Blackstone explores sale of Anthos Therapeutics -sources

By David Carnevali

NEW YORK (Reuters) -Private equity firm Blackstone is exploring the sale of Anthos Therapeutics, a developer of a new generation of blood thinners it launched four years ago with backing from Novartis, according to people familiar with the matter.

Anthos, which does not yet have any approved products or generate revenue, could be worth several billion dollars in a potential sale, significantly more than the $250 million Blackstone invested when it founded Anthos in 2019, the sources said.

The company’s anticoagulants have progressed to late-stage clinical trials – typically the final testing phase before seeking approval – which is why its value is seen as significantly more than four years ago, the sources added.

Cambridge, Massachusetts-based Anthos’ most advanced product, a monoclonal antibody called abelacimab, is intended for patients with atrial fibrillation who do not respond well to other anticoagulants because of heavy bleeding.

Over 37 million people worldwide are diagnosed with atrial fibrillation, Anthos said last month, citing research studies. The heart rhythm disorder significantly increases the risk of stroke.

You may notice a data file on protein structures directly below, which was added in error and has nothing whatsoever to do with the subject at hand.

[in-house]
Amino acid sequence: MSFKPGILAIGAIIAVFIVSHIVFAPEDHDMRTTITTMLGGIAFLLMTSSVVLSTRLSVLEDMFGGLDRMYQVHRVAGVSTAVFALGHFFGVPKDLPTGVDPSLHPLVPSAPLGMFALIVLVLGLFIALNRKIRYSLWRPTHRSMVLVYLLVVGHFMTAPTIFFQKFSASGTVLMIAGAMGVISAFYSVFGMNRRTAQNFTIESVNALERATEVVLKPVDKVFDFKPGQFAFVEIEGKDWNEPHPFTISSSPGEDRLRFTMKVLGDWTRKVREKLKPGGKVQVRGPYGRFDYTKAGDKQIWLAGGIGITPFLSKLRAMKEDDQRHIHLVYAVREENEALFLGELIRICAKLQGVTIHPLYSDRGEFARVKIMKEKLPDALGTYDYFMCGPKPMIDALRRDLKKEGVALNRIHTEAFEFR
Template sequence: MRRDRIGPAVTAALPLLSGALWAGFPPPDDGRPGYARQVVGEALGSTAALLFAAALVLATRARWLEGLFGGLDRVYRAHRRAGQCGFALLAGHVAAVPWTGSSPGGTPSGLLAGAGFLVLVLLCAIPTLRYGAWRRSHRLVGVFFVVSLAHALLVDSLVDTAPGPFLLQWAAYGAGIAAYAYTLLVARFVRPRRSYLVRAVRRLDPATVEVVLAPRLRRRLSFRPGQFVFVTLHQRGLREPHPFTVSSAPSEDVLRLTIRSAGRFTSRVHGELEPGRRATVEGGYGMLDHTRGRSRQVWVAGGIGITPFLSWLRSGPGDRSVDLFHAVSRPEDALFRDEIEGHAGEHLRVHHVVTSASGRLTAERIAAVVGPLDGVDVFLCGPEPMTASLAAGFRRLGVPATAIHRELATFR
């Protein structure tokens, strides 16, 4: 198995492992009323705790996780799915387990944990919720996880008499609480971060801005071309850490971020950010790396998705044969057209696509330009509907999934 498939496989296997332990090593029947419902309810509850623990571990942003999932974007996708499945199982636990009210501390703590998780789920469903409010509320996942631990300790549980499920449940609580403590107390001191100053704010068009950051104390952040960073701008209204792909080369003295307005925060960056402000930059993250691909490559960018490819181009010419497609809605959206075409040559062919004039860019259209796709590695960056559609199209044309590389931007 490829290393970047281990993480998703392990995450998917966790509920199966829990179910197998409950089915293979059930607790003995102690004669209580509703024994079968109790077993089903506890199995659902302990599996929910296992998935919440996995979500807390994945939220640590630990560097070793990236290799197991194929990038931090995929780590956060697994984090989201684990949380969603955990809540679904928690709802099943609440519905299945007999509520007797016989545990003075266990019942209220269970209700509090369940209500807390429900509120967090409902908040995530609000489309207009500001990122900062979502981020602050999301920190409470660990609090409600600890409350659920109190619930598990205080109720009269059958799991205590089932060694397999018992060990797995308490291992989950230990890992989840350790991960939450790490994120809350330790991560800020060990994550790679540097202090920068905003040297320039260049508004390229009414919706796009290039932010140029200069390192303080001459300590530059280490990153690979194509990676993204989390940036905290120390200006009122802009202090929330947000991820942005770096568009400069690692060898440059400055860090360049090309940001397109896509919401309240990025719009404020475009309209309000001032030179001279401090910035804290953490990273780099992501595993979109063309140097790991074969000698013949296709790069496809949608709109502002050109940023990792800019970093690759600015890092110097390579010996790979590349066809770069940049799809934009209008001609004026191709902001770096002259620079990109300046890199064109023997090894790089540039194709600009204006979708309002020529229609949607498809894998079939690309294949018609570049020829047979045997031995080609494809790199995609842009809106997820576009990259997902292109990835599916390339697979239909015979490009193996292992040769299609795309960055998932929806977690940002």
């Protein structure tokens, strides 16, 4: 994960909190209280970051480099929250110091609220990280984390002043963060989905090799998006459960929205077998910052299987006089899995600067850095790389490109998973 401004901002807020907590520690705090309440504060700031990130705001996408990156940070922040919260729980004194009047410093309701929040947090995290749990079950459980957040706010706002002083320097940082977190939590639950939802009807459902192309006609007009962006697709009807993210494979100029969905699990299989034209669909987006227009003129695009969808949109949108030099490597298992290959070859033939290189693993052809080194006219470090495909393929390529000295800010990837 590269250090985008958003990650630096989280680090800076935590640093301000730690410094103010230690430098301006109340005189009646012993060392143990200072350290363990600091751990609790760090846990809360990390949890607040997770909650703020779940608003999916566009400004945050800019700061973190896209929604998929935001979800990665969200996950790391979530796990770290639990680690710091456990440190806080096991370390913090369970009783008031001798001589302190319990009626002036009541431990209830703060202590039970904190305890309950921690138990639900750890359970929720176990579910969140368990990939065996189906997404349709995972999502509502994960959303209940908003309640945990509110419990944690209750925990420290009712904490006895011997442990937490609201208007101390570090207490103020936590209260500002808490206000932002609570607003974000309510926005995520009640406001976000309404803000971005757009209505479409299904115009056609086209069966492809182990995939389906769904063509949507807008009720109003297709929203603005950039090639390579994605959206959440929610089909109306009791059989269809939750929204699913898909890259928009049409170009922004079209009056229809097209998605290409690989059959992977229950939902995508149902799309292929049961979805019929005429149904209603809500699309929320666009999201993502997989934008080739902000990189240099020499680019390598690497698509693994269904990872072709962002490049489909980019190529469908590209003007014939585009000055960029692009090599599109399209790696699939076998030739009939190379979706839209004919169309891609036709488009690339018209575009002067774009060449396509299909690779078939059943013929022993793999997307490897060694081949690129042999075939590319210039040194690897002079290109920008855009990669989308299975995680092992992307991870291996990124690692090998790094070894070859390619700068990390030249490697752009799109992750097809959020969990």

Blackstone is working with investment bankers to explore a sale of Anthos, the sources said, cautioning that no deal is certain and requesting anonymity because the matter is confidential.

A Blackstone spokesperson declined to comment.

Blackstone’s global head of private equity, Joseph Baratta, confirmed in an interview on CNBC later on Monday that the New York-based buyout firm was looking at cashing out on Anthos when asked about Reuters’ story.

“That may be something we look to bring in a partner to sell, yes,” Baratta said.

Anthos licensed from Novartis an antibody used in the development of its blood thinners and granted the Swiss drugmaker a minority stake.

Leading bloodthinners used to treat atrial fibrillation patients include Eliquis from Bristol Myers Squibb and Pfizer and Bayer’s Xarelto.

Bayer announced last month it would stop development of a next-generation blood thinner because of clinical setbacks. The German drugmaker was counting on the product to generate an estimated $5.5 billion in peak sales and replace Xarelto when its patent expires in 2026. Eliquis’ patent protection is also ending in the coming years.

Blackstone, which has over $1 trillion in assets under management, launched a dedicated life sciences investment arm after it acquired Clarus, an investment firm specializing in clinical trial deals, in 2018. Its bets since then have included investing more than $1 billion to back Alnylam Pharmaceuticals, which is developing drugs to tackle cholesterol and other diseases.

(Reporting by David Carnevali in New York; Editing by Leslie Adler and Bill Berkrot)


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